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Electronic Payment of Taxes - Probably Not an Option Anymore!

Oct 21, 2010

Previously, once your business’s federal tax liability (including all taxes) during a calendar year exceeded $200,000 or your payroll tax deposits exceeded $50,000, you were required to use EFTPS or Electronic Federal Tax Payment System, in the second succeeding calendar year.  However, under a proposed rule from the U.S. Treasury (REG-153340-09), any business with a tax deposit requirement would have to make deposits electronically as of January 1, 2011.  The Financial Management Service (FMS), a Bureau of the Treasury Department, beginning in 2011, is eliminating the system that enables the processing of Federal Tax Deposit (FTD) coupons.  Accordingly, these proposed regulations require the use of EFTPS for all FTDs, effective January 1, 2011, which is not that far away.  Designated federal taxes include employment taxes, corporate income taxes, social security taxes, FUTA tax, excise taxes and various other types of non-payroll withholding.

 


EFTPS, or Electronic Federal Tax Payment System, is provided FREE by the U.S. Treasury Department for payment of federal taxes via the Internet or by phone 24/7.  It is handled by a secure government website that uses the highest level of security.  The system can only be accessed through a secure Internet browser with 128-bit encryption.  When you enroll or to gain access to your account, you must provide three forms of unique information – a taxpayer identity (EIN or SSN), EFTPS Pin#, and a password.  They claim it is secure, fast, accurate, convenient, easy to use and reduces penalties.  Once enrolled, business taxpayers can use the system to make all their federal tax payments via the Internet or by phone.  Both methods are interchangeable.  Via the Internet you can initiate a tax payment 24 hours a day, 7 days a week.  Also, you can conveniently schedule tax payments up to 120 days in advance of a tax due date.   It takes about two weeks after you enroll to receive an enrollment confirmation, so plan ahead.  For more information about enrolling in EFTPS, visit www.eftps.gov to get started.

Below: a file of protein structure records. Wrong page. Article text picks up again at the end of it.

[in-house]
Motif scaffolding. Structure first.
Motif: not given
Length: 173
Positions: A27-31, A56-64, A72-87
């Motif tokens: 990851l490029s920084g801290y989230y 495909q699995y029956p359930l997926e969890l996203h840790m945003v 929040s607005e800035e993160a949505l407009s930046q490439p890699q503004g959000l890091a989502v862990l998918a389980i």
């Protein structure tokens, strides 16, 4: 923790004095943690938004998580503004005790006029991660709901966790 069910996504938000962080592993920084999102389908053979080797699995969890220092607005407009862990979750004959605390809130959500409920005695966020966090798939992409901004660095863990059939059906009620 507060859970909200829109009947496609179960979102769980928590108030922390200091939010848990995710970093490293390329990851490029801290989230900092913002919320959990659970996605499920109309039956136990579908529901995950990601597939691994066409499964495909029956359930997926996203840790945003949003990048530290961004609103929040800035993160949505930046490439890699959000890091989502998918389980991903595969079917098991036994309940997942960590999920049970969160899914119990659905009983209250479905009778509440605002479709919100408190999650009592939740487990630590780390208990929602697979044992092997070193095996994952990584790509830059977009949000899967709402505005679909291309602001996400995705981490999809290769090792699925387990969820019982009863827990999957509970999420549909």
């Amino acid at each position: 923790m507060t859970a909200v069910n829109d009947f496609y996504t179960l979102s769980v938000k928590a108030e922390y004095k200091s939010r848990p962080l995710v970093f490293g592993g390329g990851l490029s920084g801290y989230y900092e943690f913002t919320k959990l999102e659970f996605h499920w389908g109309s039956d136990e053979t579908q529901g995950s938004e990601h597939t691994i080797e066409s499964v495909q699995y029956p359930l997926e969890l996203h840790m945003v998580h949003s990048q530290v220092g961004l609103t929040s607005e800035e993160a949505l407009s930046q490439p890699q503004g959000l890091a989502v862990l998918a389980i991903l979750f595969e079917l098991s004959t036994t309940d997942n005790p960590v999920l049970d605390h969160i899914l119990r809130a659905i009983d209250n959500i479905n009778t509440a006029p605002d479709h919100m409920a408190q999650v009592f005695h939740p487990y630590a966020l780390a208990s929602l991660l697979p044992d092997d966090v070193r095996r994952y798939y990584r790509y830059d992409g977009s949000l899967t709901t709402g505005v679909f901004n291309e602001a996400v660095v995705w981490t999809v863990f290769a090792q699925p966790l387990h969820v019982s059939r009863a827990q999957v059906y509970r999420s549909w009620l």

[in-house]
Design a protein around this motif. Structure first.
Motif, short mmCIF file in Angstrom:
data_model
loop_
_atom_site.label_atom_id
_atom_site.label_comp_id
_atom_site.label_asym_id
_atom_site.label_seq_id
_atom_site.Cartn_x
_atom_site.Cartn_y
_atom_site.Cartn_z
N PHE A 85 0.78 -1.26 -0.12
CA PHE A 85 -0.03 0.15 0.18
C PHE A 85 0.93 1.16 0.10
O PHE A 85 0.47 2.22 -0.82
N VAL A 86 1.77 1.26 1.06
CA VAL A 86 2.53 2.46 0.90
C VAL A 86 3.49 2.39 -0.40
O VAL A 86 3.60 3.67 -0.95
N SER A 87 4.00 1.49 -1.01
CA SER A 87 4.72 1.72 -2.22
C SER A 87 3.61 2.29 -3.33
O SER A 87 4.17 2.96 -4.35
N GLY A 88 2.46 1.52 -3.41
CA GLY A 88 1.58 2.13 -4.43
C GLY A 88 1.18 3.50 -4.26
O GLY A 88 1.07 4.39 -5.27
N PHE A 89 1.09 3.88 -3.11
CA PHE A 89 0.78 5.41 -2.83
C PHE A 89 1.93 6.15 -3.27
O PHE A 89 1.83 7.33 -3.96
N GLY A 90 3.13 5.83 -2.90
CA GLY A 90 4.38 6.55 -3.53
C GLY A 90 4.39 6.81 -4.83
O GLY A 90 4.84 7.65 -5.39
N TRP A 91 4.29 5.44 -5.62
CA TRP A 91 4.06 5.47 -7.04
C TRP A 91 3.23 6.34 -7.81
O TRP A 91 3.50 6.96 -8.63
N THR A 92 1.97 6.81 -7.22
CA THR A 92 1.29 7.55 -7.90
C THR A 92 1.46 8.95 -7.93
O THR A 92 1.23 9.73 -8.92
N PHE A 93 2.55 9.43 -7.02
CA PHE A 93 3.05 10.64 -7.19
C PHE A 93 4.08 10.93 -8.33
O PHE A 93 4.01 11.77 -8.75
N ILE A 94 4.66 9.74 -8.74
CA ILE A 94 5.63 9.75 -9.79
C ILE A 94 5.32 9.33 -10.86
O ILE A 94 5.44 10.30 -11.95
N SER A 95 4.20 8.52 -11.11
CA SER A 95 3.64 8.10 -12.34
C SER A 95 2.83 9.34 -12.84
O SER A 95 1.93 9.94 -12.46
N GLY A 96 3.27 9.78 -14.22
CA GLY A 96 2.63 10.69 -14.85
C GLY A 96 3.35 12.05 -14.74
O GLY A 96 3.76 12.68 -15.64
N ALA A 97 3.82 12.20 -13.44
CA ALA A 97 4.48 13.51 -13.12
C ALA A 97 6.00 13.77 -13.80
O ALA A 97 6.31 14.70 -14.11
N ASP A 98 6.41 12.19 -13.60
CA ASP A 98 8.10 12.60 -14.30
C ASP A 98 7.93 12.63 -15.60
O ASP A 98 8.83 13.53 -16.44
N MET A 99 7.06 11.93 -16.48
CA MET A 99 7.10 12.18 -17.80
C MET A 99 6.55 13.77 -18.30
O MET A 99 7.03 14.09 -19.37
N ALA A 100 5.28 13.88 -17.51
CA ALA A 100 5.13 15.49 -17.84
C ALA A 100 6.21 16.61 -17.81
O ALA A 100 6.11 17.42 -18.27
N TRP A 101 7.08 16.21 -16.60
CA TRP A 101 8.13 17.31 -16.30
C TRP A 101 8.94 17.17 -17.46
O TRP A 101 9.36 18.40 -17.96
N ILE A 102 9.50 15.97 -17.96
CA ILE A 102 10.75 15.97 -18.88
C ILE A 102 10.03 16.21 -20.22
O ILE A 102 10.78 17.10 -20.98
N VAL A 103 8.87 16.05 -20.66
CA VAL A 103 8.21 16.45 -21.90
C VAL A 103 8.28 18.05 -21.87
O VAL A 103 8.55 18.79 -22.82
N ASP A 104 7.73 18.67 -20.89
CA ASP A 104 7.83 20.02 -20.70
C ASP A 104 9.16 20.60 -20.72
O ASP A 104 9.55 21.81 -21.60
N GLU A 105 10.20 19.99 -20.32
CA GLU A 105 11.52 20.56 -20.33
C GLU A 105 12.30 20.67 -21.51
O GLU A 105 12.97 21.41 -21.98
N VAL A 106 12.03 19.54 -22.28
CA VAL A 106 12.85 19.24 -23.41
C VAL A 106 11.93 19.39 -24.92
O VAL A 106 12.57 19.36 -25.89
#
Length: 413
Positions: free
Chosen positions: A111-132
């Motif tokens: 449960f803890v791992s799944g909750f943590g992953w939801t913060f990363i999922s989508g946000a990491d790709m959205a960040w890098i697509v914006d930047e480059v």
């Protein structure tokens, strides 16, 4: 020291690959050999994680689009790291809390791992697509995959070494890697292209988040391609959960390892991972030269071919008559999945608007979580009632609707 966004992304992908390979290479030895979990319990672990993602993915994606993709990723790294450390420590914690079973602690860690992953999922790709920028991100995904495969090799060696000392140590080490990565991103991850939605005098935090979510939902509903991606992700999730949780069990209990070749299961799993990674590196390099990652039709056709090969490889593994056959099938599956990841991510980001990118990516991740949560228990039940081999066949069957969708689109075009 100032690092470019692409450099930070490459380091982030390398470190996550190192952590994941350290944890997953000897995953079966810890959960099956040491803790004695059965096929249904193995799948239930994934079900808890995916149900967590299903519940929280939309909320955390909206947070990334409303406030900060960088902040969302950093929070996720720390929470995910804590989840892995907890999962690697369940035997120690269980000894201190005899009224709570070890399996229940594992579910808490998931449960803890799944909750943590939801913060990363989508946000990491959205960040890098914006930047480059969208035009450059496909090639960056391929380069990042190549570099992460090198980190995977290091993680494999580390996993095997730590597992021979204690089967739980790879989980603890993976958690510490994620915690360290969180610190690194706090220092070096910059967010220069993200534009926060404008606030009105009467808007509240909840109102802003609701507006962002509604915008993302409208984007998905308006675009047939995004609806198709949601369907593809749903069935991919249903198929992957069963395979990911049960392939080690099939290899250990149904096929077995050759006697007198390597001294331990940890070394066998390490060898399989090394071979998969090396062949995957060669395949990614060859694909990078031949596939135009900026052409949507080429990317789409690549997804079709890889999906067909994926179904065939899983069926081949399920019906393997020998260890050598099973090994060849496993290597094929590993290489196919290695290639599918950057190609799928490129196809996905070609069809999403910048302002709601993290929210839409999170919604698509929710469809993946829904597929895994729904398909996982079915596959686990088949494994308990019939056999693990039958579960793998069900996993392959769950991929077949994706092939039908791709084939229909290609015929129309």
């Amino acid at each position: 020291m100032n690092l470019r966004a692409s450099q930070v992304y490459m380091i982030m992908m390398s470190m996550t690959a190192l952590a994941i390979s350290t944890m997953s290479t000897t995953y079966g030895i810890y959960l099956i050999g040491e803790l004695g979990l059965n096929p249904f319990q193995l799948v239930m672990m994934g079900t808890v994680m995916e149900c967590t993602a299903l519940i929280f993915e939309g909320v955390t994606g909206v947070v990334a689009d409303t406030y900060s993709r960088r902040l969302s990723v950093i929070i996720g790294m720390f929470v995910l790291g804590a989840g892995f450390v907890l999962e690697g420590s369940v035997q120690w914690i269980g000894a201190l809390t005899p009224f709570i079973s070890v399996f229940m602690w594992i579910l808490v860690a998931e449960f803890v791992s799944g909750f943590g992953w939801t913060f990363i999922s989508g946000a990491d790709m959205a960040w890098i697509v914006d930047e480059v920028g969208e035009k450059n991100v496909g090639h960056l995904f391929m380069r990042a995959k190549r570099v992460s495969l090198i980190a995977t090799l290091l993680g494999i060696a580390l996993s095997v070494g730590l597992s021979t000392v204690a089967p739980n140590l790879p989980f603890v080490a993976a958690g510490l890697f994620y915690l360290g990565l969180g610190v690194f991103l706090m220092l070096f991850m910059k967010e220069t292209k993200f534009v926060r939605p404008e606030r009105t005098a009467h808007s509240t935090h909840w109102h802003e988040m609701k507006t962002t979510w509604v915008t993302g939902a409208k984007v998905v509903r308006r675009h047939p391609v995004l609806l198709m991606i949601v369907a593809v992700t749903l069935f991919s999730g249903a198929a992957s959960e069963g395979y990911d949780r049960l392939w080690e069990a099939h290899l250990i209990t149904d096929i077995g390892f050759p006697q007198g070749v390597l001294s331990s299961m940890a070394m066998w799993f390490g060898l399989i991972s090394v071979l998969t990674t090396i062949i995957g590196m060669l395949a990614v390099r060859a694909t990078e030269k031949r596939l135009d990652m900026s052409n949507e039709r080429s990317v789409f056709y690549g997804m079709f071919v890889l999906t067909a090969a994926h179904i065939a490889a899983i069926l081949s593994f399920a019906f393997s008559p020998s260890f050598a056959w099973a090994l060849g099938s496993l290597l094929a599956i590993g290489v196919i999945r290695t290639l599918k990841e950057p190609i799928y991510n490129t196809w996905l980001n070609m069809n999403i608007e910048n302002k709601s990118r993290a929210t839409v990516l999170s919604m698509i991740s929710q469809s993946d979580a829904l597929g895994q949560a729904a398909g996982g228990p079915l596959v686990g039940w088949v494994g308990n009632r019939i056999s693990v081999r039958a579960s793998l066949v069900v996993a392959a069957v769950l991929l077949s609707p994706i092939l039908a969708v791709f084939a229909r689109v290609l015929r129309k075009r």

So get ready to make the change and (maybe) get rid of those paper FTD coupons, you probably won’t be able to use them after the first of the year. 



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Category: Taxes

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